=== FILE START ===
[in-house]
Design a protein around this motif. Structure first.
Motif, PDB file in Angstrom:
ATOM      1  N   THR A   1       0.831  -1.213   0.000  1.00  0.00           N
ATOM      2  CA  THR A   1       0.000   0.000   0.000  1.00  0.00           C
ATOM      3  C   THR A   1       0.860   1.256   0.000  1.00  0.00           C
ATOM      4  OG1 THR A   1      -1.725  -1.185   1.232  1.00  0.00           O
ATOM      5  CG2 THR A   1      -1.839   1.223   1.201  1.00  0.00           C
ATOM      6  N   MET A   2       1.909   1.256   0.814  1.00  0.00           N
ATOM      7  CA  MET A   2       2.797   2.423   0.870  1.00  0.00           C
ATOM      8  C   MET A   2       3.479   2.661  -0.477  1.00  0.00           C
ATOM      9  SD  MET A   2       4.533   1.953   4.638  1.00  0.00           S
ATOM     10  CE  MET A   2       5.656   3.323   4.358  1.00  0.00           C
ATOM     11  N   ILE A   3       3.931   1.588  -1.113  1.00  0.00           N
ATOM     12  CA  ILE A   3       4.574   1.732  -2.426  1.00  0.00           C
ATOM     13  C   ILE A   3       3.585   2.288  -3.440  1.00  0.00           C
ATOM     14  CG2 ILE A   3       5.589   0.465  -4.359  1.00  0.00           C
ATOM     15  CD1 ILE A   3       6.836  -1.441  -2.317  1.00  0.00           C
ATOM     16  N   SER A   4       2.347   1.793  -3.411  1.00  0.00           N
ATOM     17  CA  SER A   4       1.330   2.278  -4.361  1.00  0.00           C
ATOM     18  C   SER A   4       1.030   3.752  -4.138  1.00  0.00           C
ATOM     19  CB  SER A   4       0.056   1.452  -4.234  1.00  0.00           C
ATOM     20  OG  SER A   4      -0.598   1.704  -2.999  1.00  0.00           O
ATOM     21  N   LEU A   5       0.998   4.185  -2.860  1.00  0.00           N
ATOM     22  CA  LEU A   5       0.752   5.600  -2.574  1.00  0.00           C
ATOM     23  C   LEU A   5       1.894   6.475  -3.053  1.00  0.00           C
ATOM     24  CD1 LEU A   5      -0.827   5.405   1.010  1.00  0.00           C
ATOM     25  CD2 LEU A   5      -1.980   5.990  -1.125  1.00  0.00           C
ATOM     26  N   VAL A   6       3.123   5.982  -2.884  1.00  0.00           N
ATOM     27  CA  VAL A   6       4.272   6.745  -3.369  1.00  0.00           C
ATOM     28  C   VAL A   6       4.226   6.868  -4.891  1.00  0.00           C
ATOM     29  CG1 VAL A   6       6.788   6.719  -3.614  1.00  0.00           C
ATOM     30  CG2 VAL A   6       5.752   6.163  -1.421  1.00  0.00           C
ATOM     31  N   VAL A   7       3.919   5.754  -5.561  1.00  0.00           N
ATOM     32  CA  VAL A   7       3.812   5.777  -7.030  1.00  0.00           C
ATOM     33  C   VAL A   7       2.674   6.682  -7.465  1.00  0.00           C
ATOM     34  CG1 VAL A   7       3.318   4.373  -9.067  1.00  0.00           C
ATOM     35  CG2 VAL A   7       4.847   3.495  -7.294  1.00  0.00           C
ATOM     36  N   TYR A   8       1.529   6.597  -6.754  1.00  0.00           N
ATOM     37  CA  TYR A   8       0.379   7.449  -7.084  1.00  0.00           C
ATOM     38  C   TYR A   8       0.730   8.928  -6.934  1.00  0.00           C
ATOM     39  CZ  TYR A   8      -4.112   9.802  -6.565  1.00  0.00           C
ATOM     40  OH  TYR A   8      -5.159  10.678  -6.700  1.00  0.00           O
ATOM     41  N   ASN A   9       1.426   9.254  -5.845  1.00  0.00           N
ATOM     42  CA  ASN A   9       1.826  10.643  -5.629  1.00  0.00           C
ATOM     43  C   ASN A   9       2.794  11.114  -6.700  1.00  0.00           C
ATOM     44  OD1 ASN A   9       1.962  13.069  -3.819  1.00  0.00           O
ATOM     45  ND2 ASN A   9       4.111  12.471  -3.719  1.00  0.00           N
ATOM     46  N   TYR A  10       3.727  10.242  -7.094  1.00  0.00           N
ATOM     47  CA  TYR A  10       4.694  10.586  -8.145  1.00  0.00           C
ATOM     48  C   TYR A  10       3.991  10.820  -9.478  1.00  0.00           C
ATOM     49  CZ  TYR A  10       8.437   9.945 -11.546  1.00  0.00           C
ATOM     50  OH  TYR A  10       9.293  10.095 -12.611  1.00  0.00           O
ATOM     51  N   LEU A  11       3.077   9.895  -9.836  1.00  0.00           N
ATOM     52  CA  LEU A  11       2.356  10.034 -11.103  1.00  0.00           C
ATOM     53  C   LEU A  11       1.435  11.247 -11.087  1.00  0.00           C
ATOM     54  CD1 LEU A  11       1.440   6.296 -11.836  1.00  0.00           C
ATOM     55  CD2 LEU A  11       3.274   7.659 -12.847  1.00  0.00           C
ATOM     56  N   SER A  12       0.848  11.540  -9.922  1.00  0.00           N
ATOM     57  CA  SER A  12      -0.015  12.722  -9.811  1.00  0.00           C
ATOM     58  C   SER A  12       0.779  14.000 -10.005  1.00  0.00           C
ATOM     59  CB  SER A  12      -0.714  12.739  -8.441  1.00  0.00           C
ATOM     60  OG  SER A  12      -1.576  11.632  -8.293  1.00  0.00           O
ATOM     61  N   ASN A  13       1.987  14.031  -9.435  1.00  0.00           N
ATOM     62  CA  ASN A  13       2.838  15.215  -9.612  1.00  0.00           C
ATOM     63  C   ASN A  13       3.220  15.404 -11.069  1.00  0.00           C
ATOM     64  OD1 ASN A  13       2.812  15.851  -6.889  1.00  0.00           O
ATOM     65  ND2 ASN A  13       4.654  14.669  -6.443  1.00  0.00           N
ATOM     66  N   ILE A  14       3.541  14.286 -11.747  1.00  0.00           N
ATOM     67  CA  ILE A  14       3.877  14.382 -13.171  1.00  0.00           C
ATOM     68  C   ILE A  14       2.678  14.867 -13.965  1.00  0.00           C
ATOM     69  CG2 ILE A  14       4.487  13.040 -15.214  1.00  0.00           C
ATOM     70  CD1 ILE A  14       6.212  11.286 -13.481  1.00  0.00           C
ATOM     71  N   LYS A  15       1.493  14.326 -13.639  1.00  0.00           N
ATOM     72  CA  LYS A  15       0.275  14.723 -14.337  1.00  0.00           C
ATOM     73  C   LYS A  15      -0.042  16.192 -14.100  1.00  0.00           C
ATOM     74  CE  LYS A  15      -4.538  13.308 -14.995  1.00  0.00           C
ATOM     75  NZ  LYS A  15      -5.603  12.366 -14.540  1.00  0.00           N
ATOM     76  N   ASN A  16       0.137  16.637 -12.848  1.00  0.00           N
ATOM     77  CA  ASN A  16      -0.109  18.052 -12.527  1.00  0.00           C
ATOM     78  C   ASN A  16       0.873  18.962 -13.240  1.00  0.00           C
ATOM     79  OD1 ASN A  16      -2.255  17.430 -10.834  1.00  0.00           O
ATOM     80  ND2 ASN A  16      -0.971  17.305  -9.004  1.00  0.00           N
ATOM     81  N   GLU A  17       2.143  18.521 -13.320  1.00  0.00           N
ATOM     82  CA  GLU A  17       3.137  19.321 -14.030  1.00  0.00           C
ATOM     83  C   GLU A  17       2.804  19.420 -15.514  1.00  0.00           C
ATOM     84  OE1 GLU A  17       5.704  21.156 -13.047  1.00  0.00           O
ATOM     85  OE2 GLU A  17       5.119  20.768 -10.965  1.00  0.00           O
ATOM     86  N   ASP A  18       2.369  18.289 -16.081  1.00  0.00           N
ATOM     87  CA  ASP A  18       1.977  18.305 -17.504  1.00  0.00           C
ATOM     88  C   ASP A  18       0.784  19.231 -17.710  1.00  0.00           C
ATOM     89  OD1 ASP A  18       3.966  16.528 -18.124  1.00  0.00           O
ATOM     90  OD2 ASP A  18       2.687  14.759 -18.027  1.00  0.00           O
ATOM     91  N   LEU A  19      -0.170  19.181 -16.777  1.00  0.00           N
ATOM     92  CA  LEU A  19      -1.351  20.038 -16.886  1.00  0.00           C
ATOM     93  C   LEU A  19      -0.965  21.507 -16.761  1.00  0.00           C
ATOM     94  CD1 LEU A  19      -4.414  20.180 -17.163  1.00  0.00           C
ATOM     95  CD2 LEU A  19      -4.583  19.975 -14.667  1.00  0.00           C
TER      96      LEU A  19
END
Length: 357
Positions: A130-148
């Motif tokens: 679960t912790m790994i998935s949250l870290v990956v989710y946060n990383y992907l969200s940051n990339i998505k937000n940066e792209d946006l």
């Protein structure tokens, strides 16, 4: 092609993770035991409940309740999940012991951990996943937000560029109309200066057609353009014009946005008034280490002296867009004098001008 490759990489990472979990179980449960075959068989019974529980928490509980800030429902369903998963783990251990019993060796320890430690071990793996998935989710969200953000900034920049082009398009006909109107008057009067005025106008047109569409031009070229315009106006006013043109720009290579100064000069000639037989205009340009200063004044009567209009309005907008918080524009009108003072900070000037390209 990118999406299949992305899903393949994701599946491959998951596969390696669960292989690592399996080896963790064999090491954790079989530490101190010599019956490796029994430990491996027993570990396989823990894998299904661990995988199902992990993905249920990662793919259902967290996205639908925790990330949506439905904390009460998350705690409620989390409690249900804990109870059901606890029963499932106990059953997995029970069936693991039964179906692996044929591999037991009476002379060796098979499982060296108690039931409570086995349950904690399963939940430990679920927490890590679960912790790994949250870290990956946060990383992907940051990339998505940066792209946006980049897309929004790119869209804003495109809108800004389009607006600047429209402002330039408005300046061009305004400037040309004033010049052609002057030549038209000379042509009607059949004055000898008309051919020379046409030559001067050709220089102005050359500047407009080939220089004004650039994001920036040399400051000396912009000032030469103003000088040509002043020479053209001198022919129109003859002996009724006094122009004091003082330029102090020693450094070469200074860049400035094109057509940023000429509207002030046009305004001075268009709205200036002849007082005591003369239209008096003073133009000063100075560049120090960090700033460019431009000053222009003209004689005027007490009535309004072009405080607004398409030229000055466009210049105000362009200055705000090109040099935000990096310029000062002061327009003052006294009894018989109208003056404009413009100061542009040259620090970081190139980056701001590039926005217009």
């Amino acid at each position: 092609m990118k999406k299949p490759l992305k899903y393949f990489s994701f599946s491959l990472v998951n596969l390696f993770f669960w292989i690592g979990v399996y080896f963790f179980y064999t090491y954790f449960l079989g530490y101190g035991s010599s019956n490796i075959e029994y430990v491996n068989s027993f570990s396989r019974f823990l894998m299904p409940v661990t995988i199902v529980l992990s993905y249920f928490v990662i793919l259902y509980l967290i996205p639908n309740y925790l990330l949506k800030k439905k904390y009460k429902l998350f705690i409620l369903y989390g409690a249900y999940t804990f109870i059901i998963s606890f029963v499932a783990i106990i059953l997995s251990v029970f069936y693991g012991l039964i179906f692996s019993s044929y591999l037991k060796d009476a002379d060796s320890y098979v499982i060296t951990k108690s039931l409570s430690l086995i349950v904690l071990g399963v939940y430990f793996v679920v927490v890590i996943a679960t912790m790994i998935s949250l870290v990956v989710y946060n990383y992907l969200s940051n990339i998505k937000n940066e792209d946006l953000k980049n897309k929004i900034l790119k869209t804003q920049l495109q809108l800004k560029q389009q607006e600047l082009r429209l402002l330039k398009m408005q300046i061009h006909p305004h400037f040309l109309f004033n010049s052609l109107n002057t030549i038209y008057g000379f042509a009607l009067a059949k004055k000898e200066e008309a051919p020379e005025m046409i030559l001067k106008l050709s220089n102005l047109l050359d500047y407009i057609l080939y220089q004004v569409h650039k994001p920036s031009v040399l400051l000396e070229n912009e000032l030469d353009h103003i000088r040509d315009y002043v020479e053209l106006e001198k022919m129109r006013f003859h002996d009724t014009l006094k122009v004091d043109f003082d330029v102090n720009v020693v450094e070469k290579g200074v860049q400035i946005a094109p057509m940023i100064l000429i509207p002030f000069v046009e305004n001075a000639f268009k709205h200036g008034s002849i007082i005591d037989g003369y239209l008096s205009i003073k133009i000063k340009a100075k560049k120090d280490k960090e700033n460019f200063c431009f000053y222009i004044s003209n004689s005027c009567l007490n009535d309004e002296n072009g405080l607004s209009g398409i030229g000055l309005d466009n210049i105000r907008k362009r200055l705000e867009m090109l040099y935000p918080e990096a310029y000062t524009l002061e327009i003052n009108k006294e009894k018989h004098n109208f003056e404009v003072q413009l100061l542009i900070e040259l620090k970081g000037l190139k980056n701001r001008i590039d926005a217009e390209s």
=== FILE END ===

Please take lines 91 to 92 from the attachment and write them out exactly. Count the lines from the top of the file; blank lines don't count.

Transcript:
ATOM     88  C   ASP A  18       0.784  19.231 -17.710  1.00  0.00           C
ATOM     89  OD1 ASP A  18       3.966  16.528 -18.124  1.00  0.00           O